5. Lots of rules and regulations: this one can be intimidating, especially when you’re faced with technical jargon or even actual laws instead of a simple search result to answer your question. Don’t be afraid to ask the experts: your company’s legal team are there to help.

  7. Lack of planning: As we’ve said, preparation is key to success. If this year was a bit of a rush or mistakes were made, make sure you debrief and learn from what happened, so you don’t repeat the same problems next year. And if in doubt, start early!


Creating a stand-out annual report

Although some annual reports can be dry documents full of financial tables, yours doesn’t have to be.

Remember this is an opportunity to show shareholders and future colleagues why you care about the work your company does.

Good preparation is your greatest ally here. Beyond that, you’ll need to enlist the help of colleagues across your company, maintain your in-house style and engage your creativity. That way, you can ensure your company’s annual report stands out from the crowd, with excellent writing from start to finish.

We’ve helped both individuals and teams with their annual reports through our one-to-one coaching and in-company training. If you’d like our help with writing your own, just get in touch.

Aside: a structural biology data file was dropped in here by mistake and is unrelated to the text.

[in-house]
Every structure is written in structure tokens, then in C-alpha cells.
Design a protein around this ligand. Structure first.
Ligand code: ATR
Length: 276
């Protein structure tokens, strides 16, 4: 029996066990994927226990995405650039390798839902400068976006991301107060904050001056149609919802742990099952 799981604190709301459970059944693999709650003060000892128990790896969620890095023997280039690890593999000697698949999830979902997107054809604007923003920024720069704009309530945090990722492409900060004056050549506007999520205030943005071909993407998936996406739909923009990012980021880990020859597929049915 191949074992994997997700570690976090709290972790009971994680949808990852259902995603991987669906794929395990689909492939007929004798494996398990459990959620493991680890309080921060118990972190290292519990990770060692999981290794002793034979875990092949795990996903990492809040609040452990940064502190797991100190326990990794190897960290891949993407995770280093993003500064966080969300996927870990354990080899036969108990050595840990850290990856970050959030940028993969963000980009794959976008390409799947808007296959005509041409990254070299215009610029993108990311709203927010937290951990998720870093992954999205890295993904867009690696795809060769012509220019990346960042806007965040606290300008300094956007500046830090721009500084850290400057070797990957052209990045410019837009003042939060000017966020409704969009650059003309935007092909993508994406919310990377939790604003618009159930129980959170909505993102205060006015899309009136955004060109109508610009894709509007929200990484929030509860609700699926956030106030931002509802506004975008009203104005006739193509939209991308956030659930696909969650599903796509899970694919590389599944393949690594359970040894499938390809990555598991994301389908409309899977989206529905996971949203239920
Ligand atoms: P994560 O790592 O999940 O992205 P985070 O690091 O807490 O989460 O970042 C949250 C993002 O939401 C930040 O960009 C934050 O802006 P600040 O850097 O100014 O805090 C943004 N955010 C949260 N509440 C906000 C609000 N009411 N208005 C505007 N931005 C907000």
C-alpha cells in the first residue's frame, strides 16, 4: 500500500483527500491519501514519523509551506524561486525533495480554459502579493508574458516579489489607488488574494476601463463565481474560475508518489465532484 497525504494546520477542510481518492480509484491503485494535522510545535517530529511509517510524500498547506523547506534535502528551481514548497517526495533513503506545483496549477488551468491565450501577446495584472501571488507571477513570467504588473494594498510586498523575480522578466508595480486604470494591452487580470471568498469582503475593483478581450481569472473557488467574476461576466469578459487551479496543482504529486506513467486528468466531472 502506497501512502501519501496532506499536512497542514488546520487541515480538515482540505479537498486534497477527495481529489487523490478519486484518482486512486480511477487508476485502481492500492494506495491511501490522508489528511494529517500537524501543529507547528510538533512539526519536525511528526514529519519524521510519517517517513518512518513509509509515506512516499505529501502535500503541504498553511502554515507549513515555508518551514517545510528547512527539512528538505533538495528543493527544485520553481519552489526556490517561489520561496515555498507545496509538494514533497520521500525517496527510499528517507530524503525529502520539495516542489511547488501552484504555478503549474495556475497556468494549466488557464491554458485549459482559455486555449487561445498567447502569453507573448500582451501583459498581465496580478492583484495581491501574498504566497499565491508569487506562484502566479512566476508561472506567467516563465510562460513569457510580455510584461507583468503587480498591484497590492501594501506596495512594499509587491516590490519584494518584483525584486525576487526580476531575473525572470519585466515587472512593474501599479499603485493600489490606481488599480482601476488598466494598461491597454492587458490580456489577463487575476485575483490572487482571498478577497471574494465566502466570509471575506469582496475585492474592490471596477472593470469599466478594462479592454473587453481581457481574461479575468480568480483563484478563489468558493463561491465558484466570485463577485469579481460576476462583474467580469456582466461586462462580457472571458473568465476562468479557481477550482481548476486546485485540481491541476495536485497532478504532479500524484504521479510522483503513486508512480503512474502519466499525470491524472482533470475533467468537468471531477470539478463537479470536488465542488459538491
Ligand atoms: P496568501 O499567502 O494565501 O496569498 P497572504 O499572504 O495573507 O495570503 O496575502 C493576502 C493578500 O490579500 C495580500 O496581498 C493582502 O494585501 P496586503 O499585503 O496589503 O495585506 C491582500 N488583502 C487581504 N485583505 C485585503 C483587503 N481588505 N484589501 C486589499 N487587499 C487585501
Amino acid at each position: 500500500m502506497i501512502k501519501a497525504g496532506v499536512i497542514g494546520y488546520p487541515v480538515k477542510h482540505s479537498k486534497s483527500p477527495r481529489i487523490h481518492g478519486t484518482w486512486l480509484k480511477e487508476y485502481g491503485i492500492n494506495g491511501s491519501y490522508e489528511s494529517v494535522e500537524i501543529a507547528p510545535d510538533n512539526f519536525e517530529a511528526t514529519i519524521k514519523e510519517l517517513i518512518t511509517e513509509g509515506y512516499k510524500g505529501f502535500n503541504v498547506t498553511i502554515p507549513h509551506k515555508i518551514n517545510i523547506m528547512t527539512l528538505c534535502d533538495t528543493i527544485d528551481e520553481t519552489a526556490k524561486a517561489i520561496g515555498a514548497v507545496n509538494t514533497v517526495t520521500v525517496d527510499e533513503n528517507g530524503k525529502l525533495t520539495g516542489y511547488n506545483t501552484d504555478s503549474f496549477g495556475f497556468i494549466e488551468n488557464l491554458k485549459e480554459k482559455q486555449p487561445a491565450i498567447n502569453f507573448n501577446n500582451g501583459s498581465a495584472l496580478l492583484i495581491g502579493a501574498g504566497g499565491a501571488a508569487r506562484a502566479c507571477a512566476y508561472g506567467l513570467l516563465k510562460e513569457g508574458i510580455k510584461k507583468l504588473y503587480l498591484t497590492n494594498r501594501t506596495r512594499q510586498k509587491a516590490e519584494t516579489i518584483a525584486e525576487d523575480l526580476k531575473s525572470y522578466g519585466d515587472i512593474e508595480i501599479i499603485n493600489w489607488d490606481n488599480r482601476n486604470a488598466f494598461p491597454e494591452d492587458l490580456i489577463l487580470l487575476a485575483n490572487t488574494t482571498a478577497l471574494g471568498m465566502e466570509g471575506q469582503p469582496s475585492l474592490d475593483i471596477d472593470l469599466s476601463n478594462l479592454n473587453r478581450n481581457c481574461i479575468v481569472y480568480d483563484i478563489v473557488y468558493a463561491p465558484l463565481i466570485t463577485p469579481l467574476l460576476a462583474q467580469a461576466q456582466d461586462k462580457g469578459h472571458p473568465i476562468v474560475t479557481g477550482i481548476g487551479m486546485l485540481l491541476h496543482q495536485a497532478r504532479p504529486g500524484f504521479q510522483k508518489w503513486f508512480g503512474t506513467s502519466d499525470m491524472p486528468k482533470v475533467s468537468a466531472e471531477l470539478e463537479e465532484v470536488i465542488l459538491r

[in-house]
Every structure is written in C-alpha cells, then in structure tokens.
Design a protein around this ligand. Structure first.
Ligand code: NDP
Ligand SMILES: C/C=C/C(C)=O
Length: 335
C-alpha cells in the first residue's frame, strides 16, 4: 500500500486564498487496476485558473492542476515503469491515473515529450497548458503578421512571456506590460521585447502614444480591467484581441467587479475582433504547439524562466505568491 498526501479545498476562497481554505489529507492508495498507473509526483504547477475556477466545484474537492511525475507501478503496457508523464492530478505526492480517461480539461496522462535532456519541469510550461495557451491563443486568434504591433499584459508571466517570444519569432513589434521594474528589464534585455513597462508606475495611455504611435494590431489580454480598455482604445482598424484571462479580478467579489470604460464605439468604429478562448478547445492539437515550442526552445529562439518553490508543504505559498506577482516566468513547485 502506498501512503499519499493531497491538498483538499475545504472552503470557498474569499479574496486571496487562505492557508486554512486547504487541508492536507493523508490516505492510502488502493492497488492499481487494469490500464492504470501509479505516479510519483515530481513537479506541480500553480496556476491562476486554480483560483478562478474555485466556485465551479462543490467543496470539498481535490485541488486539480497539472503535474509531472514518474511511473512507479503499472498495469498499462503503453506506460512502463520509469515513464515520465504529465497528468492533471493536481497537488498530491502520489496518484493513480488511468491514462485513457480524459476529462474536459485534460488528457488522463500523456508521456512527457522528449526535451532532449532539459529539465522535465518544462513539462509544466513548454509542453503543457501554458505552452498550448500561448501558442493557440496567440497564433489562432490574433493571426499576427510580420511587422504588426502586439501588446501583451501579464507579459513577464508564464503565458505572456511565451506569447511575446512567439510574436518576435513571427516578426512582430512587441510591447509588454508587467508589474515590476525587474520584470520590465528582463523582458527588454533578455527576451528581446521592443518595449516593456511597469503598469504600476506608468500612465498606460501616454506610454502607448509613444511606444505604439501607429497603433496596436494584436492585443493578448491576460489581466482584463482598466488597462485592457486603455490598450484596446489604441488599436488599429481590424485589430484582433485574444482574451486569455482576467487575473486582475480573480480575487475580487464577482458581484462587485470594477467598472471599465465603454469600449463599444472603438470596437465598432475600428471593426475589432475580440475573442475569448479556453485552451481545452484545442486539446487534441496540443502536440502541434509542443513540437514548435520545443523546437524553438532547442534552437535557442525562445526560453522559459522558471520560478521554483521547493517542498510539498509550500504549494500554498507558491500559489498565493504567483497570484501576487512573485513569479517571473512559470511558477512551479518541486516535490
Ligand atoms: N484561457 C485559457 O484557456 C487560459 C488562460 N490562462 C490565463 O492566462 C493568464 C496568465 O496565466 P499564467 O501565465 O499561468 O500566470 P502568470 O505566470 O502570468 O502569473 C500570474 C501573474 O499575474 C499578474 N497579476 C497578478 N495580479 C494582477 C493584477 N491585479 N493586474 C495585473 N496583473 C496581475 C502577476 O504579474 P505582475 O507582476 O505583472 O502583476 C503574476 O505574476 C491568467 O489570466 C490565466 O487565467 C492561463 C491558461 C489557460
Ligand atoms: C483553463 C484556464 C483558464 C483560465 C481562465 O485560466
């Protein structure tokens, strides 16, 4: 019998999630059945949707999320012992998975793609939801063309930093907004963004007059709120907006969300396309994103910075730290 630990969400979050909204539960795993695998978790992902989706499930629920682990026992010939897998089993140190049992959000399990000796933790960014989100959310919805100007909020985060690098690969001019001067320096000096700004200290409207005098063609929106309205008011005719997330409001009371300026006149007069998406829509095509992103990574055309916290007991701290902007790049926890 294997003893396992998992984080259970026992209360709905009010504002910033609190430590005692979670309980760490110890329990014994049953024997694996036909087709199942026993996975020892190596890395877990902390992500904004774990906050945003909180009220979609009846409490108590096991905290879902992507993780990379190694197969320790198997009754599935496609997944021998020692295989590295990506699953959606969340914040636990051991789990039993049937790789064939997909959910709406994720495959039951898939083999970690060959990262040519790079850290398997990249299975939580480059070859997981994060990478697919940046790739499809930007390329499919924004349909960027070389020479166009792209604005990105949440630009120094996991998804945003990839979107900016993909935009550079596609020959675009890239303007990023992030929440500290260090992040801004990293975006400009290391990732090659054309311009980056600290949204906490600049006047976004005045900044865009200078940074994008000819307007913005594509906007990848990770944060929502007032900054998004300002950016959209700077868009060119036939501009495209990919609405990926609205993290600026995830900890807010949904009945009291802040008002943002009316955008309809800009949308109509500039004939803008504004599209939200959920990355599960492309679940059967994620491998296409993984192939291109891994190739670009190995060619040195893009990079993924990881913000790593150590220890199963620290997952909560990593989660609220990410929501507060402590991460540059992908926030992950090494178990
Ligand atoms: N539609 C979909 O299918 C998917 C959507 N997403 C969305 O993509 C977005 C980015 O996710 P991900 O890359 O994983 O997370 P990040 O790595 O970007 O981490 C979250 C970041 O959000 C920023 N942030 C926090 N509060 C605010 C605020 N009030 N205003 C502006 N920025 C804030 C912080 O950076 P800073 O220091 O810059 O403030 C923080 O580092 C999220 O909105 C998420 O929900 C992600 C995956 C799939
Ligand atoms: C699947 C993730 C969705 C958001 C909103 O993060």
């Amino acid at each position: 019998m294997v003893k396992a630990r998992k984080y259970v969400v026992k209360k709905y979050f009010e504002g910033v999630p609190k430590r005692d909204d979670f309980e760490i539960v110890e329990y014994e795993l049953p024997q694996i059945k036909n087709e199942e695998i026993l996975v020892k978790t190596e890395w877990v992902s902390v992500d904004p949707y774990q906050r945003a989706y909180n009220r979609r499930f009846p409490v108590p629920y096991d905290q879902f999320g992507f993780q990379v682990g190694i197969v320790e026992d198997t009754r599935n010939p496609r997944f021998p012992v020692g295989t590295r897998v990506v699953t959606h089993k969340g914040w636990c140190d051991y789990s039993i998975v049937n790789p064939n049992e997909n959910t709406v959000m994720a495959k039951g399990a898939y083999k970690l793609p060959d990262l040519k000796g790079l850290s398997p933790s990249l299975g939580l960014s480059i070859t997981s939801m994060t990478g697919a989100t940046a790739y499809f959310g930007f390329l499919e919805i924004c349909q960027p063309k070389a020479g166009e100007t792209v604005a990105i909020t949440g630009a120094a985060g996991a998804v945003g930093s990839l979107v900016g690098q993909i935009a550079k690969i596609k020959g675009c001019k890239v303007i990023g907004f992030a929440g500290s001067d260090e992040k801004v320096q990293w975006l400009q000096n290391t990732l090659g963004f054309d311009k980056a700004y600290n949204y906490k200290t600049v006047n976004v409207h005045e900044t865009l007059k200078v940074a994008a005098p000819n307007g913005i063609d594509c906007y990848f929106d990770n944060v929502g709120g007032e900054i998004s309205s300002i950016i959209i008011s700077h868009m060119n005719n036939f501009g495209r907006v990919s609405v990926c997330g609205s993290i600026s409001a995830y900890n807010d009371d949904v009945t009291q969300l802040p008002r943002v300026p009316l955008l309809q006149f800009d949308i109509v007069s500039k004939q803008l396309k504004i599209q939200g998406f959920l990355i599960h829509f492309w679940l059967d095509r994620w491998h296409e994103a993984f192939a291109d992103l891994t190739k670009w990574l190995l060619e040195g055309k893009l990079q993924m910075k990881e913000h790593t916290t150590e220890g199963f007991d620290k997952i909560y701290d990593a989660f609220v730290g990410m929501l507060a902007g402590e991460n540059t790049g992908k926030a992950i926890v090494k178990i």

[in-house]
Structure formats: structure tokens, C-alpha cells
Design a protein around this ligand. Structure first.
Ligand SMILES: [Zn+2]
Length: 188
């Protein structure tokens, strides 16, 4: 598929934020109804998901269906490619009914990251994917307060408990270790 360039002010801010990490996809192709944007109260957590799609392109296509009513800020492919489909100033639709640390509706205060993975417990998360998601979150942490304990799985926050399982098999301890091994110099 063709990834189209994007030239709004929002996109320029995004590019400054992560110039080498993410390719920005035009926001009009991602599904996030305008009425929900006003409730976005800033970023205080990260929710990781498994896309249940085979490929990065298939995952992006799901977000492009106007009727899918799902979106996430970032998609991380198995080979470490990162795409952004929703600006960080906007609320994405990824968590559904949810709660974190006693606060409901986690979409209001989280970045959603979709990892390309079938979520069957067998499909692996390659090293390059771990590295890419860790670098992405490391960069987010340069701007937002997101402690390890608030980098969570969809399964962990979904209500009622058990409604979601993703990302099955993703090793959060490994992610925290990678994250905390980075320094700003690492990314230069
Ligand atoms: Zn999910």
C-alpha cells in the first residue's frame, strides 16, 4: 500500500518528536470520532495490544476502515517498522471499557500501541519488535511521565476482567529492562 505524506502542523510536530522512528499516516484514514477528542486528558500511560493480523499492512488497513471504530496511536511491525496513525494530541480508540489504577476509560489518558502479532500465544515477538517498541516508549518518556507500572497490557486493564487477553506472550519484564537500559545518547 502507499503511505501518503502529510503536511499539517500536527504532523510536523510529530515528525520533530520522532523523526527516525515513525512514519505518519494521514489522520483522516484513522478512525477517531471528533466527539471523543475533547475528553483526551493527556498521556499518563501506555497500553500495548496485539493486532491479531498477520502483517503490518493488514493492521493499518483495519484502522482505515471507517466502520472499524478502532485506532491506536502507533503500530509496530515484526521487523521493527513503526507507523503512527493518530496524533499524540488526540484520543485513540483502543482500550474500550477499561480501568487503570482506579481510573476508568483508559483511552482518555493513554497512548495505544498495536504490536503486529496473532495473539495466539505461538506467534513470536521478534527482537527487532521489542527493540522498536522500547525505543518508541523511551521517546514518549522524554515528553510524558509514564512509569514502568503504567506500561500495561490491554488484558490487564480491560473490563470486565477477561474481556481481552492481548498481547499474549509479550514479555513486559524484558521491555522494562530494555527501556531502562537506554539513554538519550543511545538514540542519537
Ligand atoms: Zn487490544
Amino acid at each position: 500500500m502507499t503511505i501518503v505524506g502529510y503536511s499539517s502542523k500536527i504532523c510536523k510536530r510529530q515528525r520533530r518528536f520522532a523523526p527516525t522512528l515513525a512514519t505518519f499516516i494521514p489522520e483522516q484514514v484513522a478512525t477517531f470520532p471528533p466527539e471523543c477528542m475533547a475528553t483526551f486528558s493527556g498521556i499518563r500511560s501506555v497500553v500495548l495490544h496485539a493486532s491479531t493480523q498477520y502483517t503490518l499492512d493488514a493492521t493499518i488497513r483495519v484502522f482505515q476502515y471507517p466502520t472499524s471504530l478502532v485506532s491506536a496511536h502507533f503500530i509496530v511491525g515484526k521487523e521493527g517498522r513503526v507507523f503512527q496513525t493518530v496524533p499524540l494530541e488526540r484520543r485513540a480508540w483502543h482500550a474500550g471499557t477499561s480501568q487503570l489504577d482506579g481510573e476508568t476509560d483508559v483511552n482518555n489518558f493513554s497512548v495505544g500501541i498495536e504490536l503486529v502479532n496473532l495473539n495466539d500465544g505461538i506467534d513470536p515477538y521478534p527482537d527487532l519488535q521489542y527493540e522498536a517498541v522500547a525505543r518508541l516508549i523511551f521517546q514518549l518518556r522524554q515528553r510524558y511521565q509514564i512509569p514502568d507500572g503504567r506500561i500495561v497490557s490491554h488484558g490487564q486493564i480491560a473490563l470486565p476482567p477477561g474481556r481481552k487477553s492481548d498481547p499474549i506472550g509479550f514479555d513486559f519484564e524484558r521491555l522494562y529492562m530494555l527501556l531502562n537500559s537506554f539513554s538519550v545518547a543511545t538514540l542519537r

Image credit: SvetaZiO / Shutterstock



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Rosie is a writer and editor who has worked in corporate communications in a variety of environments, from national libraries and global aviation services to international law firms and renowned research projects. She specialises in facilitating internal comms and in her career has ensured organisations communicate effectively across networks of over 32,000 employees in 34 countries.

Rosie is also a published novelist: she writes psychological thrillers under her pen name Rosie Walker. She also provides editorial services (developmental editing, copy editing and proofreading) to fellow authors.